But for me it’s the essence of the show; it carries that unidentifiable magic that attracts millions to Doctor Who. I can’t say I’m totally in love with everything they do with the character – witness her jealousy when the Doctor is comforting Jo in Death of the Doctor – that always seems to be beneath the character of Sarah, but then I suppose this a woman who has got used to being the only ‘old love’ in his life, and she’s faced with someone who she, herself, once replaced, and in turn feels replaced by, decades later. Speaking of Jo, that’s another thing about The Sarah Jane Adventures, it simple sparkles with nostalgia. Mentions of Sontarans before they even returned to the parent show, mentions of UNIT and the Brigadier, even Harry. Sarah is imbedded in the history of Doctor Who, and as a fan I can’t help but love that. It’s through Sarah we get re-introduced, finally, to the Brigadier, a character whose return to Doctor Who had been building up for years – it’s such a shame we never got to see the Doctor, the Brigadier and Sarah reunited in The Wedding of Sarah Jane Smith; that would have been a supreme moment of nostalgia for everyone watching. Alas, real life tragedy interceded, and a heart attack prevented Nick Courtney from returning a second time. But we did get another returnee from the Pertwee Years – one Josephine Jones, nee Grant. Yes! What a moment. Katy Manning is well-known for what she thought would happen to Jo in the years since leaving the Doctor to explore the Amazon with her new husband, but fortunately Russell T Davies stayed true to the real character of Jo, so that when she stumbled into the Doctor’s funeral service in Death of the Doctor there was no doubt it was the same woman. The same clumsy girl who’d first introduced herself to the Doctor back in 1971 by ruining his experiment. Brilliant. Nostalgia and comedy in one.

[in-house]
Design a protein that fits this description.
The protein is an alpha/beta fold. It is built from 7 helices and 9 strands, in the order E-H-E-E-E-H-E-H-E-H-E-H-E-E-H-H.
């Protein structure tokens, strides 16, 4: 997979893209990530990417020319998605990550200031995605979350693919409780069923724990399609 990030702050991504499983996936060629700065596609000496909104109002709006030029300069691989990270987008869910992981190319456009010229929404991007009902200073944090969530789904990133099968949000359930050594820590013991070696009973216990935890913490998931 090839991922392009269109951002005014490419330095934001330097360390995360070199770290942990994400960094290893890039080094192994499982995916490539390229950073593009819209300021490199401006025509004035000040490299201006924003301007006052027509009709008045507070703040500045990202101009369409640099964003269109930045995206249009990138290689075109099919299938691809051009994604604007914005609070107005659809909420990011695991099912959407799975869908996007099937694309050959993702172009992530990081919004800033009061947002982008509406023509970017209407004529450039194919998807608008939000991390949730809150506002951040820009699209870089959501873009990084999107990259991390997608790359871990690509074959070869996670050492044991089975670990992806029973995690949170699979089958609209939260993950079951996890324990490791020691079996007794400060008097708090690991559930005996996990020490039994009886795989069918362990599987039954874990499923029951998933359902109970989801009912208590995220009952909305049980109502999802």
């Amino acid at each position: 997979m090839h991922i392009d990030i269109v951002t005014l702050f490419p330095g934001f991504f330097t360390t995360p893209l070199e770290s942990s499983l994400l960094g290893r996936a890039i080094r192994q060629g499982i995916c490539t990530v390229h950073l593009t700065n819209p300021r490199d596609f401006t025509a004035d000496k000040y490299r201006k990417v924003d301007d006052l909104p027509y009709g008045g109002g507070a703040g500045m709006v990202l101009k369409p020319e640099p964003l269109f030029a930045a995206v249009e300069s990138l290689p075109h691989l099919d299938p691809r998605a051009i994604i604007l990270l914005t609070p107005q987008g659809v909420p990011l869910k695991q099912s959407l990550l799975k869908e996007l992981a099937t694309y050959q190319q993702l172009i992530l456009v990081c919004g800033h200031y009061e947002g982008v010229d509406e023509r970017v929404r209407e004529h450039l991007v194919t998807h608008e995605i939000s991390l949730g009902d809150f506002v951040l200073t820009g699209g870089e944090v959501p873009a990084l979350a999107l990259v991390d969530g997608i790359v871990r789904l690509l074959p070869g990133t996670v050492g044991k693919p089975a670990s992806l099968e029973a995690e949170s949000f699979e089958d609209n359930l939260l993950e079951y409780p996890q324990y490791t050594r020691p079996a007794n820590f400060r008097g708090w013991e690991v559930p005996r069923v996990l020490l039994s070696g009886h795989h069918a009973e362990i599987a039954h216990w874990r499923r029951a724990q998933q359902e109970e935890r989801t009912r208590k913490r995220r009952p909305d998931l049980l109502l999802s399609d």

The final thing that will always be a personal point of interest for me is, conveniently, the final episode of the series. Many years back, in about 2003, me and my then partner asked Gary Russell to hire James Dreyfus for a Big Finish Doctor Who – we didn’t care which one, any one would do, as long as Gary would introduce us to him. Gary gave us a good reason why this would not happen, which I can’t really say here, and we were a little disappointed. Lo, in 2012 the boxset of series five comes out and who do I see in the very last episode but James Dreyfus? Some years late, and still haven’t got to meet him, but he did get to appear in the Doctor Who universe – and in a series Gary was involved in. Did Gary do that for me? It’s doesn’t seem likely, but I secretly think he did. He’s nice like that.